-- in that order.
July 2, 1937 at 0000 GCT, the Lockheed Electra Model
10E began its take-off
role at Lae, New Guinea. It was the beginning of
a tragic flight
and the biggest aviation mystery in
history. The over-water
flight of 2,556 miles along the Equator to Howland
Island would place extreme
demands on all navigation resources and skills of that
navigator for the round-the-world
adventure was arguably the best in the world, Fred
the successful conclusion of the flight could be
assured only by RDF
-- Radio Direction Finding (see Live Reckoning)
performed by the Pilot-in-Command, Amelia
Navigating, Communicating (in that order)
Piloting requires multitasking
aloft. Each task has its own primacy; each is a sine
qua non for the successful completion of
every flight. Contrary
to the simplistic mandate
cited above, priorities must change with the various
phases of flight.
Thus, during take-off and
early stages of climb-out,
the pilot will be focused most intensely on Aviating
Nightmare). Same during the final stages
of approach and landing
(see Sloping in the Dark).
Still, are there occasions when Communicating
must take center stage? Indeed yes, when radio
essential for Navigating.
bene, the principles of RDF have not changed over
the decades, only
the radio technologies. There are two modes...
In between, often for hours-on-end, Navigating
takes first priority, as satirized in one definition,
"Latitude is where we are lost, and Longitude
is how long
we have been lost there."
So it would seem that Communicating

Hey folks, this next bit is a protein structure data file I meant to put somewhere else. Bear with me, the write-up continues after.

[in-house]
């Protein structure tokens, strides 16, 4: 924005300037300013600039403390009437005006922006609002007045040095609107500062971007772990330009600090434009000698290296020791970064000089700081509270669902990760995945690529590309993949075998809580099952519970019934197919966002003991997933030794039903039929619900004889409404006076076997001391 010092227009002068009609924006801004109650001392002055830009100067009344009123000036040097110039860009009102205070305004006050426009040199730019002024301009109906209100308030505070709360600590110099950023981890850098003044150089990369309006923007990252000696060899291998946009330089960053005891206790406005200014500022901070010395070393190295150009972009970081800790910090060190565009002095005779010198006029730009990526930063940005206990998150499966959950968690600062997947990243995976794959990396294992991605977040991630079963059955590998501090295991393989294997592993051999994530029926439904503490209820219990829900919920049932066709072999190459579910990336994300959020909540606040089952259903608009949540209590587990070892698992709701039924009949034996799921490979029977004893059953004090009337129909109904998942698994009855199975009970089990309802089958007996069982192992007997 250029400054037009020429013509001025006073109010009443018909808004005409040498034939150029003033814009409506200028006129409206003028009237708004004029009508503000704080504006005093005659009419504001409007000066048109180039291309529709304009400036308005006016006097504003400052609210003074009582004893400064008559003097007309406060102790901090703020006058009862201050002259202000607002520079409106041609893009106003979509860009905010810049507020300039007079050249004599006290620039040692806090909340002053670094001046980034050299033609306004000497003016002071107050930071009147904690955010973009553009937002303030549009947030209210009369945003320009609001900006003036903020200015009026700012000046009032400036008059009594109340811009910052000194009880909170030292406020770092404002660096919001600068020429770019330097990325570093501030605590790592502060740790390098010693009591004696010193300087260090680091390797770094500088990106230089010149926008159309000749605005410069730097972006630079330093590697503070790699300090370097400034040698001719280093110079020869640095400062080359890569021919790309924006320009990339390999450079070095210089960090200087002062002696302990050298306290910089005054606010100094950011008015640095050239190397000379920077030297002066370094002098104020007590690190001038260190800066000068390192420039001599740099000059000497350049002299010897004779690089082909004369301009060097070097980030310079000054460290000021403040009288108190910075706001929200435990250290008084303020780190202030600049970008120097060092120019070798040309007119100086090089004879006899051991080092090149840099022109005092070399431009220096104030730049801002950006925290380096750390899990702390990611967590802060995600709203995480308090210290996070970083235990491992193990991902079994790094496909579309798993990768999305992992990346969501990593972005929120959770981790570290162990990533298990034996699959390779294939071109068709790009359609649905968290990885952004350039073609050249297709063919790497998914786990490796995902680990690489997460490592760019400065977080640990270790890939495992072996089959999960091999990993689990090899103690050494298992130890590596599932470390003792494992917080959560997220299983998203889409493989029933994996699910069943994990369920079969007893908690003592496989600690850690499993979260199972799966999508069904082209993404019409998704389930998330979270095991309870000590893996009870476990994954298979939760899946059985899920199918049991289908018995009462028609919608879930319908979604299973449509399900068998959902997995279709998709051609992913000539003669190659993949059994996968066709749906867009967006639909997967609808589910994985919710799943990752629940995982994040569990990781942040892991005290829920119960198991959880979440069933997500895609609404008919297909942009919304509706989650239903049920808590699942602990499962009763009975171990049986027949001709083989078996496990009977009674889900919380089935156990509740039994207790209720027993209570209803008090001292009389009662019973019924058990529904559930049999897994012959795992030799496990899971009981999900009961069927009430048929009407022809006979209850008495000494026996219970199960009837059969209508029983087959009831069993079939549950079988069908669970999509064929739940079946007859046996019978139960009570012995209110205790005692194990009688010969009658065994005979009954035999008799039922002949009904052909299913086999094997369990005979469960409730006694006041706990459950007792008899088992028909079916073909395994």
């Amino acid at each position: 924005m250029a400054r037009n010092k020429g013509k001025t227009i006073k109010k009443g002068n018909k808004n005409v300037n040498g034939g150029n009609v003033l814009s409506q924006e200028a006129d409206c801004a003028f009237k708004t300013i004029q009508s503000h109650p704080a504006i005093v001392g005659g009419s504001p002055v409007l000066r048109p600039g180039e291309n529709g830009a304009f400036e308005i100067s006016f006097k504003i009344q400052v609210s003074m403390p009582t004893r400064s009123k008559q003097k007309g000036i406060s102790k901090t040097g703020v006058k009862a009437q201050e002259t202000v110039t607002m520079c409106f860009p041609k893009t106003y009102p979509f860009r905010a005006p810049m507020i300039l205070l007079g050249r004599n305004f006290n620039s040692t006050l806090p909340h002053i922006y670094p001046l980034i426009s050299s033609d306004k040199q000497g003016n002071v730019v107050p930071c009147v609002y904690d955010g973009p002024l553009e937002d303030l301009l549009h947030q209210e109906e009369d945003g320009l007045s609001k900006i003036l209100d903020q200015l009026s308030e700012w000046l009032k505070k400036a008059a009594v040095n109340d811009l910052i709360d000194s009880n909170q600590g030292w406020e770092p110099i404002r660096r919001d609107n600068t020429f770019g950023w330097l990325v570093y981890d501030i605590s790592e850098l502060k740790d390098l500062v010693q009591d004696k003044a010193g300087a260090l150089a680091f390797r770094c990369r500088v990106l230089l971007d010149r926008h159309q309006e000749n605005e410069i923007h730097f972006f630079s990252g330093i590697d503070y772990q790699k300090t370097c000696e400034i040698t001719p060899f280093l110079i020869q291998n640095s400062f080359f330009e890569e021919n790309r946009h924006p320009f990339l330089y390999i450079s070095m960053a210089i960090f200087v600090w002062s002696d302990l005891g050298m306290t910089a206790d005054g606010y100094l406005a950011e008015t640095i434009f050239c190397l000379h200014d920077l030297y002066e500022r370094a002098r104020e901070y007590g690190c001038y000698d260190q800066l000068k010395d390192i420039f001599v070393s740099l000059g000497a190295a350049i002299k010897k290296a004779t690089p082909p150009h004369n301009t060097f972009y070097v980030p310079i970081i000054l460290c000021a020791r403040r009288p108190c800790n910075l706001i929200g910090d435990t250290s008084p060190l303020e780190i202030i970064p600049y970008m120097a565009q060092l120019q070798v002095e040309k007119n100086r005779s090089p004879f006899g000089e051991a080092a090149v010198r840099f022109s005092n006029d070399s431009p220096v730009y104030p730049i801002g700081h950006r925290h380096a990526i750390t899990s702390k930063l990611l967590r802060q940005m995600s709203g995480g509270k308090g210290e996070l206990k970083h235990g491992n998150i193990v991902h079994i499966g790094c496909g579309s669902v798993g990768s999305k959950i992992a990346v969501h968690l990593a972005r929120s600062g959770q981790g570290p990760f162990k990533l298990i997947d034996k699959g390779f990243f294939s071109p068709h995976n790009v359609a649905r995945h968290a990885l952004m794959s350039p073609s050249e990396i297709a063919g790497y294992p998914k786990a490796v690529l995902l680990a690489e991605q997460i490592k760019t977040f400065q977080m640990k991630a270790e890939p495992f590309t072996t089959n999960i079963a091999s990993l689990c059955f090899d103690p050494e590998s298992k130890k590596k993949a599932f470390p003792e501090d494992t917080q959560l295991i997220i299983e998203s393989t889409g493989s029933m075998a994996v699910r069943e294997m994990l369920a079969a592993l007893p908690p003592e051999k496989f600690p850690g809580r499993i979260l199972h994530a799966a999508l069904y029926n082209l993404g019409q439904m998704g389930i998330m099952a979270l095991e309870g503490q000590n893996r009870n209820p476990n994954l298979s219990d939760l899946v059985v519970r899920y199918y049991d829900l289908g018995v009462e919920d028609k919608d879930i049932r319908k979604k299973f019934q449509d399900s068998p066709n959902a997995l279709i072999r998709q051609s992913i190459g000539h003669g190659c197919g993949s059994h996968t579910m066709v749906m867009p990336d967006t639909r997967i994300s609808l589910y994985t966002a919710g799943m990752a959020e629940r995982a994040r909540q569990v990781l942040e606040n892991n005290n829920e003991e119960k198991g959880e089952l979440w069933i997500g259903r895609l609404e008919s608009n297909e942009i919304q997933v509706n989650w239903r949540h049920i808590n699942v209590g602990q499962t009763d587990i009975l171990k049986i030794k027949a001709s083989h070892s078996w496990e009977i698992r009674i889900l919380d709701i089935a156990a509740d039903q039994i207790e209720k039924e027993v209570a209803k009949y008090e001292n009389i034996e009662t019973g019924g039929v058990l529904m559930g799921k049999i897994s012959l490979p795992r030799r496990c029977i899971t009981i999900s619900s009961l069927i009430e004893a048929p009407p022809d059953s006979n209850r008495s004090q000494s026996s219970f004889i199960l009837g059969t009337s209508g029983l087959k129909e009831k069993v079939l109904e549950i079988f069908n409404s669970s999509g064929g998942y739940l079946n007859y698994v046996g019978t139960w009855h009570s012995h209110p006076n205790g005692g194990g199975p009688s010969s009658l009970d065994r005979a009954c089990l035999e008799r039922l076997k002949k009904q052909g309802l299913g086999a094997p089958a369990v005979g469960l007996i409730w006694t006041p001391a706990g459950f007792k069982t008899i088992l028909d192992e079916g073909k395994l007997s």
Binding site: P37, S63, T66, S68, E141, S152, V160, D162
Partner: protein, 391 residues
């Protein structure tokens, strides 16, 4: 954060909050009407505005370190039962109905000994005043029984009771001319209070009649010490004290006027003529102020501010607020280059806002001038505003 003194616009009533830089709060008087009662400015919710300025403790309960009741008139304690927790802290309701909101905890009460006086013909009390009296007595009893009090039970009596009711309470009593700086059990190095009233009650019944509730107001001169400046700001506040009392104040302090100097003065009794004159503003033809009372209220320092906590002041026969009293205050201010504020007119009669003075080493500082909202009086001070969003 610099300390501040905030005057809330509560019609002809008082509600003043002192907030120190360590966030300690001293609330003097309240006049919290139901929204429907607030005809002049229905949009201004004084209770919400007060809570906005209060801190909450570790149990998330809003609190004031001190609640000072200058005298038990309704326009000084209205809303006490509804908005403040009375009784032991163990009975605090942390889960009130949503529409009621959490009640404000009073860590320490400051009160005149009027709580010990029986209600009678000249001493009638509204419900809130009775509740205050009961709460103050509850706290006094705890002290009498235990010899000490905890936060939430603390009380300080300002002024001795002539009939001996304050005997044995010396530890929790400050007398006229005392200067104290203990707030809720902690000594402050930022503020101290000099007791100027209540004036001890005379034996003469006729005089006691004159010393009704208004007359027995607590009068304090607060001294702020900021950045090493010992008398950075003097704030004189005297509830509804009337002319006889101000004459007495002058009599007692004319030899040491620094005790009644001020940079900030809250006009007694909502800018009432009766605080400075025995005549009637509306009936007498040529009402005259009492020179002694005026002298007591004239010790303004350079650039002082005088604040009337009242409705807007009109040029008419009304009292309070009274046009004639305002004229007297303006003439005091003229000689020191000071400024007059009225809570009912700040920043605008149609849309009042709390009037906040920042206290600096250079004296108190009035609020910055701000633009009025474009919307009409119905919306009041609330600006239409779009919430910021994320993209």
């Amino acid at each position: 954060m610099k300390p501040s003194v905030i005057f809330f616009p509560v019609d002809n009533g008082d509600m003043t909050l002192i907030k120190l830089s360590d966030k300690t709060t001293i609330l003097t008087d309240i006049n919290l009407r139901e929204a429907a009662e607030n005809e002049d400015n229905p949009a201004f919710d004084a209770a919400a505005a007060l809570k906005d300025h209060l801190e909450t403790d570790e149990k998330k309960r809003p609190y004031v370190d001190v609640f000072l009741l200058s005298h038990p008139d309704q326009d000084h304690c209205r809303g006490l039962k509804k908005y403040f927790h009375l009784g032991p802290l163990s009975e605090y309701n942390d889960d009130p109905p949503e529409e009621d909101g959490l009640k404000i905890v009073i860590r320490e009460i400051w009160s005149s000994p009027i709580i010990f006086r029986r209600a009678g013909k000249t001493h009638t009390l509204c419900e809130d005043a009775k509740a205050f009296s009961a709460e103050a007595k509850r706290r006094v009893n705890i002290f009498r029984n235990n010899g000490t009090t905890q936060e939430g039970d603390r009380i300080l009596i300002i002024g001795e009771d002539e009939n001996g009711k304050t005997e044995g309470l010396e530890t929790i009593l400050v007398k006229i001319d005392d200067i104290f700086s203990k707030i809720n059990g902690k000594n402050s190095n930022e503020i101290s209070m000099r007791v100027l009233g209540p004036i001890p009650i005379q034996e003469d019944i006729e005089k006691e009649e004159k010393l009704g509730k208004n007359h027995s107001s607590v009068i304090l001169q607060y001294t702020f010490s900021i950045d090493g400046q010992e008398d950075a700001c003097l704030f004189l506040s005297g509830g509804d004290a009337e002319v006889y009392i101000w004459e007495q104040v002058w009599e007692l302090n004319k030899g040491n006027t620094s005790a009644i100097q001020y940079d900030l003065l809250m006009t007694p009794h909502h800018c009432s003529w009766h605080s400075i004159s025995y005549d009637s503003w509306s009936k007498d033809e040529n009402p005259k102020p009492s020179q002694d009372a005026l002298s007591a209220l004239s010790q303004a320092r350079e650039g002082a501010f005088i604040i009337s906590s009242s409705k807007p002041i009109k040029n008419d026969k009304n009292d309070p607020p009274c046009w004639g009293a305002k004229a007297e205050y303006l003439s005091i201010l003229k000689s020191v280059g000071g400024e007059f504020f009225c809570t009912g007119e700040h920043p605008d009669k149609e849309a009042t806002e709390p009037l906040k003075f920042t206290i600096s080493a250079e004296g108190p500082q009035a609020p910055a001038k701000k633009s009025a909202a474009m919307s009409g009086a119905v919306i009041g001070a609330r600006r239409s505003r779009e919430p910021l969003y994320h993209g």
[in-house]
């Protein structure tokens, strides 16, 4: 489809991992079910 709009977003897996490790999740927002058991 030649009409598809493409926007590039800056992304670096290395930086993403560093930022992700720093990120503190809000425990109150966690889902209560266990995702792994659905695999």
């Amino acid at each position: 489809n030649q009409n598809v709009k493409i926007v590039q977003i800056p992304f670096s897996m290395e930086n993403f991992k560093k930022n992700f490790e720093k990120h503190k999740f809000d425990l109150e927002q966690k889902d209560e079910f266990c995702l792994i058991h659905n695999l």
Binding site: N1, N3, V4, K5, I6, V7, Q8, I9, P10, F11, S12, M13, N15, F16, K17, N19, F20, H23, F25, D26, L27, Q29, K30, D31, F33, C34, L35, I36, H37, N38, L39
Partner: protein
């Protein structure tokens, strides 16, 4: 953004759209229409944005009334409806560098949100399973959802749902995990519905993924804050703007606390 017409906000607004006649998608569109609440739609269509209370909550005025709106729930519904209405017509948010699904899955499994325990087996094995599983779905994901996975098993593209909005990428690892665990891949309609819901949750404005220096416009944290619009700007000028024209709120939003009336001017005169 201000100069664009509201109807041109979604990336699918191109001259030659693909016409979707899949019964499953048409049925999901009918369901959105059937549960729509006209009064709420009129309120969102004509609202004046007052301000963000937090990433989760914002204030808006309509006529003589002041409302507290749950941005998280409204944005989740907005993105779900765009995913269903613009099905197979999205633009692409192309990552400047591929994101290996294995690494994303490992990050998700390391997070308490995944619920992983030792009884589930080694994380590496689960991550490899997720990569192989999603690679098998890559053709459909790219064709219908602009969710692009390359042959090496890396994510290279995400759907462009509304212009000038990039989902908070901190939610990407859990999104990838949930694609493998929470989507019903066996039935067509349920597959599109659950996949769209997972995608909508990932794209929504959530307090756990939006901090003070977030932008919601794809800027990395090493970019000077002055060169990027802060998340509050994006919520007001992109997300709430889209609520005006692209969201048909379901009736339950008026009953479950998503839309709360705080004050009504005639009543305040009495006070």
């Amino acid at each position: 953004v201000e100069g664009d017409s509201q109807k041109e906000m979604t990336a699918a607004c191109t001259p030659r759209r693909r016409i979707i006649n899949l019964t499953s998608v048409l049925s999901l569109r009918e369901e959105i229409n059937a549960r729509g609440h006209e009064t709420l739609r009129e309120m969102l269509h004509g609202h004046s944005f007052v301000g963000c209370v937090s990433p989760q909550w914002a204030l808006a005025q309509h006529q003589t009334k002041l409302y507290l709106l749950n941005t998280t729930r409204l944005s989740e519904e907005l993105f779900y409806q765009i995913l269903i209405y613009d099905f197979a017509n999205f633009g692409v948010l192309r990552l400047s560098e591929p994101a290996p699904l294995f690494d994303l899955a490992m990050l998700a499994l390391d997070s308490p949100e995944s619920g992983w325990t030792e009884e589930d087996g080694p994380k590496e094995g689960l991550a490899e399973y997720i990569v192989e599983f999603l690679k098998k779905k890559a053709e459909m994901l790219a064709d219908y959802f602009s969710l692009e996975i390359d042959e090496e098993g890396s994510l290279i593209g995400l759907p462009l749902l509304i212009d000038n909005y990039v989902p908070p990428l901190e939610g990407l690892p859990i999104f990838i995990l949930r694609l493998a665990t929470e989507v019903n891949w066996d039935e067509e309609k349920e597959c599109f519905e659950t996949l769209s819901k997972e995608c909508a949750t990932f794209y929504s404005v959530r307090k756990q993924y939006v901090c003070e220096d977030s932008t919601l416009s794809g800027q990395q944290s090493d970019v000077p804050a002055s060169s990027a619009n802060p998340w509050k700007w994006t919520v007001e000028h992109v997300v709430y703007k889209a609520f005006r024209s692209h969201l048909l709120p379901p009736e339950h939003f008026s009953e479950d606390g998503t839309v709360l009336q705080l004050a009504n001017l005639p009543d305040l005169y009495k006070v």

belong as the lowest
"Never drop the plane to fly the microphone," goes
an old saying.
To establish a course
directly toward Howland Island, Amelia
Earhart would need to operate an
RDF antenna, which is the loop being
displayed on the right and visible
as it was mounted atop the Electra in the
photograph above. With an appropriately
tuned radio receiver, she would be able to
rotate the loop to "get a minimum"
signal and thereby determine the direction
from which a radio signal is
being transmitted. Using that bearing
angle, the Electra would be turned to take
up a heading
directly toward the source. In this
mode, airborne RDF equipment
operates "receive-only" -- simplex
in radio parlance. However...
In 1937, no permanent
was installed on Howland. Such a
facility would be transmitting an
identification signal continuously on a
dedicated frequency identified
by Morse Code.
Instead, the US Coast
Guard cutter Itasca had been
positioned at anchor offshore Howland
to support RDF for the Earhart
flight. A qualified radio operator
on board Itasca was supposed to
broadcast an improvised
signal in compliance with a time-of-day schedule
on an assigned
with station identification to be
recognizable by Amelia Earhart
-- all by protocols coordinated in advance
of the inbound flight.
For guidance from the ground ('DF
steer'), two-way communications had to
be established with USCG Atasca,
which is shown on the right.
Communications were to take place by
voice or by Morse Code on assigned